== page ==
Outdoors: Hot spot on 87th Street yields 31.5-inch walleye
BY Dale Bowman Sun-Times Media December 26, 2013 11:34PM
Updated: January 28, 2014 6:36AM
Jim Saksa possesses a knack when it comes to big fish.
“I am around when weird fish are caught,’’ the Whiting man said Thursday.
On Monday, his net was used to hoist the 31.5-inch walleye caught by Bob Anderson at the slip north of 87th Street on Chicago’s Southeast Side. He was fishing for perch with fatheads on a crappie rig.
“I felt like there were paparazzi around me when I was holding it up, like a celebrity,’’ Anderson said.
There would not have been any photographs of the walleye if not for the extension net Saksa had in his truck.
Anderson could not have hoisted the walleye up the 10- or 12-foot wall on his 6-pound line. But Anderson’s fishing partner, his brother-in-law Dan Kolodziej, ran back the half mile or so to get Saksa’s net. Then they laid on their bellies to net the walleye.
That slip has become the focal point of perch fishing for the past couple months for both Illinois and Indiana fishermen. The spot is hot enough that Capt. Rich Sleziak at Slez’s Bait in Lake Station has customers going there.
The spot is still evolving, only the tip is public land, part of Chicago Park District Park No. 523. Where Anderson was fishing is property owned by a developer.
That led to a discussion with Saksa, a conscientious fishermen, who is worried that trash by the hundreds of perch fishermen could end up hurting access to a prime winter spot.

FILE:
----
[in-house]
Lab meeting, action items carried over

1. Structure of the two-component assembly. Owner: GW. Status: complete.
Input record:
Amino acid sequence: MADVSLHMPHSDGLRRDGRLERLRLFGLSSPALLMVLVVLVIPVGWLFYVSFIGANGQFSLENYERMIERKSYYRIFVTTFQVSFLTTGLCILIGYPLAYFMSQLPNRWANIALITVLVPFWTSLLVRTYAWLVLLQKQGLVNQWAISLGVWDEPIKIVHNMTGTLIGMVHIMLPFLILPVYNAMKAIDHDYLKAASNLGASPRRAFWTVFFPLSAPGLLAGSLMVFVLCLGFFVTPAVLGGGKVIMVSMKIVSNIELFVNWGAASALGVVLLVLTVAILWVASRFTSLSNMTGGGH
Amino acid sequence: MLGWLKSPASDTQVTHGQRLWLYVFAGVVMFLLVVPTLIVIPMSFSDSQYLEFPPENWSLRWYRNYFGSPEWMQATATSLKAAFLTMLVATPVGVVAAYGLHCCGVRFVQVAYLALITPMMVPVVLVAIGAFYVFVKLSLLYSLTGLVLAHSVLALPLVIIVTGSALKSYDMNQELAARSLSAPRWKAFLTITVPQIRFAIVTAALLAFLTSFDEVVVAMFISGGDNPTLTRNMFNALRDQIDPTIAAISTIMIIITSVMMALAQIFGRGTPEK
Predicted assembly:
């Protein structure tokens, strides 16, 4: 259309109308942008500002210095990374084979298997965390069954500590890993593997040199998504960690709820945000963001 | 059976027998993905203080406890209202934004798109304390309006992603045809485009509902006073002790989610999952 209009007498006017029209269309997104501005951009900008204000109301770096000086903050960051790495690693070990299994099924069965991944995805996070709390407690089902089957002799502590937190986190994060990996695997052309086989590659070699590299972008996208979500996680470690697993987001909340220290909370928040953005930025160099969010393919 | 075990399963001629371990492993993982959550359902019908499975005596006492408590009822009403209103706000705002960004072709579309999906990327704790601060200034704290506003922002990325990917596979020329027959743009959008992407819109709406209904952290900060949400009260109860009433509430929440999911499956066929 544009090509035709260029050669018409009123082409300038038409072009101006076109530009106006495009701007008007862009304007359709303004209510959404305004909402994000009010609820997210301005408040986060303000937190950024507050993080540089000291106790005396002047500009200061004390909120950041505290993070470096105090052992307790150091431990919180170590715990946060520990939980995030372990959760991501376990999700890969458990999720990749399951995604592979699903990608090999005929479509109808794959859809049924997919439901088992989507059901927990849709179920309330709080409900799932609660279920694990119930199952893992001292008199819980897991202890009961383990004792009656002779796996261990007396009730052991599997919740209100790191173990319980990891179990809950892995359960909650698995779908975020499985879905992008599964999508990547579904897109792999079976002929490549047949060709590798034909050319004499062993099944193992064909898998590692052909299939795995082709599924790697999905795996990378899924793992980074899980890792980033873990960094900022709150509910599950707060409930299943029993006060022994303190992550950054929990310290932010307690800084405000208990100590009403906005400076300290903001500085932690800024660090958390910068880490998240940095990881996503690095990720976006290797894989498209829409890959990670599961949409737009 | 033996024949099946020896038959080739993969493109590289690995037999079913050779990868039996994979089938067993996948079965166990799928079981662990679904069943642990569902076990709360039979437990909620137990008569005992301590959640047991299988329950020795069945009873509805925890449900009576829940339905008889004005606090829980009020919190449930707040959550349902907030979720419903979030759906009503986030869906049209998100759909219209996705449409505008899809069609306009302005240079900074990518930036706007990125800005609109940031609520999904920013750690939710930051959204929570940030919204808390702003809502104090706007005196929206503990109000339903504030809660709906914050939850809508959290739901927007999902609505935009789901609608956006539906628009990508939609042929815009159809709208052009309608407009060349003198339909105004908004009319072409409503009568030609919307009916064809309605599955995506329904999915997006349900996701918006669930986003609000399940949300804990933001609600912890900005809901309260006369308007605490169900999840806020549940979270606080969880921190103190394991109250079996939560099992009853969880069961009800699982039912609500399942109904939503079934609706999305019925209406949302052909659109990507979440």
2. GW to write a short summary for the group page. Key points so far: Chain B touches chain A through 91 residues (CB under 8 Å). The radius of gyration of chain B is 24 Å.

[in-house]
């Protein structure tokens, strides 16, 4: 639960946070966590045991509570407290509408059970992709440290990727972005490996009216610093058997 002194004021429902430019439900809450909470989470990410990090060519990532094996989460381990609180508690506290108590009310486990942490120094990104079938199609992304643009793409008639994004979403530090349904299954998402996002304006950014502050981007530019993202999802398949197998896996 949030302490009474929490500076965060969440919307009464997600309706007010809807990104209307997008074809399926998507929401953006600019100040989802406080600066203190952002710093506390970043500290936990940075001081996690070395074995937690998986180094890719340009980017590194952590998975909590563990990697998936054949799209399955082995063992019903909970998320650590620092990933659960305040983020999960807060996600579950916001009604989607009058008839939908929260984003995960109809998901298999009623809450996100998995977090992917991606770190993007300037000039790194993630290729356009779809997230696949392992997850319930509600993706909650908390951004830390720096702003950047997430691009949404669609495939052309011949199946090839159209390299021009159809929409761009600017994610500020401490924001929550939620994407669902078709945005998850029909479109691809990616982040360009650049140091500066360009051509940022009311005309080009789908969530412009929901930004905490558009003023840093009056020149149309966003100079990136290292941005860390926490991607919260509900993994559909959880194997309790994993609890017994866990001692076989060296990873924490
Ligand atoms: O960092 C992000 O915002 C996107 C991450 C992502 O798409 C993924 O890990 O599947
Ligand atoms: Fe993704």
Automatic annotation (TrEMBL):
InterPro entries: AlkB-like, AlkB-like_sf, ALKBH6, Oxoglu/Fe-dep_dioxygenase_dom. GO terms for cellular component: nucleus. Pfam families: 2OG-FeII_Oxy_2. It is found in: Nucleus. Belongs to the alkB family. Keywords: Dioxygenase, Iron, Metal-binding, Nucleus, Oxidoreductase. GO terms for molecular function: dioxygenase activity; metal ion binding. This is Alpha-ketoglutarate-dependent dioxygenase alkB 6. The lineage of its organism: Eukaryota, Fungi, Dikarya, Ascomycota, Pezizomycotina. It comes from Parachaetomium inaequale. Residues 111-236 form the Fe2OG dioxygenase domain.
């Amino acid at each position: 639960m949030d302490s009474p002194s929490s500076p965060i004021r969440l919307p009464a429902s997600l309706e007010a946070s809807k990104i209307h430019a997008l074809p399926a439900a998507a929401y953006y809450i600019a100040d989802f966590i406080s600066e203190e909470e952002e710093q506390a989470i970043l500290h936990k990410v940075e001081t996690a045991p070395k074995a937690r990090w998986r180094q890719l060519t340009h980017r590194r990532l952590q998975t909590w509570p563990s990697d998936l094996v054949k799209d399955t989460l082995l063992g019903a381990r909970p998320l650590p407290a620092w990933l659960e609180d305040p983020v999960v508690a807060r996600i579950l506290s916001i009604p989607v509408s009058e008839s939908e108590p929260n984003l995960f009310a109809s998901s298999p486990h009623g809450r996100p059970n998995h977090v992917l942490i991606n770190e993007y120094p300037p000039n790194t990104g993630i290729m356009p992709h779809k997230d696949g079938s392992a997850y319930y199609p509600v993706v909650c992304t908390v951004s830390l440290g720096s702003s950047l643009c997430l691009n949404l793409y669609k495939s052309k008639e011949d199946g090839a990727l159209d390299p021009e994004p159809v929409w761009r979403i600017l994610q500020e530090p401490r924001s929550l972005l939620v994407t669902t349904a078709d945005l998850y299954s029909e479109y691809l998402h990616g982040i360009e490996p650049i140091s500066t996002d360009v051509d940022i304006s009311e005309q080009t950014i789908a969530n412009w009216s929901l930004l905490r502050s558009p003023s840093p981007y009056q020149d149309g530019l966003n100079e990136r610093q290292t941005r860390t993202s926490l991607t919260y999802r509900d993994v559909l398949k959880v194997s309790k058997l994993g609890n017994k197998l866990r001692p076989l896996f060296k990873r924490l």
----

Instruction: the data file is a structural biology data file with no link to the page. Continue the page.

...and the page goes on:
One of the reasons Saksa had the net is to help clear ice from the holes (busted with an anchor) when ice forms in the slip. That way the small perch, and the perch take sorting at the slip for keepers, can be safely released and not just die on top of the ice in an unsightly scene.
It’s such a prime fishing spot — go east to the end of 87th from the new Lake Shore Drive extension — that Saksa said even the mergansers (fish-eating ducks) are learning to target it.
If Saksa rings a bell, the 22.83-pound north pike he caught ice fishing on the Illinois side of Wolf Lake on March 2, 2008, is one of greatest pike caught in modern Chicago.
Waterfowl: Sunday is the end of the second duck season in the north zone. Considering how nearly everything is iced in, not much is going for duck hunters. Goose hunters have geese flying.
Deer: The special antlerless season opened Thursday and runs through Jan. 5. Kingsbury Fish and Wildlife Area are participating sites. Staff will cap deer hunters at 100 each day. They had 45 out already early Thursday morning
Fishing: The hot spot is the slip at 87th. But the real topic may be the cold spots. Ice is becoming nearly universally thick enough for fishing. Loomis opened in a frenzy (panfish and some walleye), but has settled some since. Three Rivers is variable. Willow Slough FWA, traditionally the top spot, has been variable to slow. But options are wide open with most ponds and lakes frozen solid.
“I am anticipating a good weekend: all that ice and 40 degrees,’’ Sleziak said.
Showtime: The Hammond Outdoor Show (sportsshow.gohammond.com) moved to an earlier weekend this year on Jan. 11-12. Everything else, including a strong emphasis on local experts and the place at the Jean Shepherd Community Center, remains the same.
Muskie summit: The Hoosier Muskie Hunters and Webster Lake Musky Club will host an Indiana Muskie Summit from 10 a.m. to 1 p.m. on Jan. 18 at the American Legion Post in Fishers.
“The meeting will bring together DNR biologists who are directly involved with muskie management, fishing guides, avid muskie anglers, and any angler who wants to learn more about Indiana muskie fishing,’’ Scott Law of the Hoosier Muskie Hunters said.
For more information, call Law at (317) 625-2214.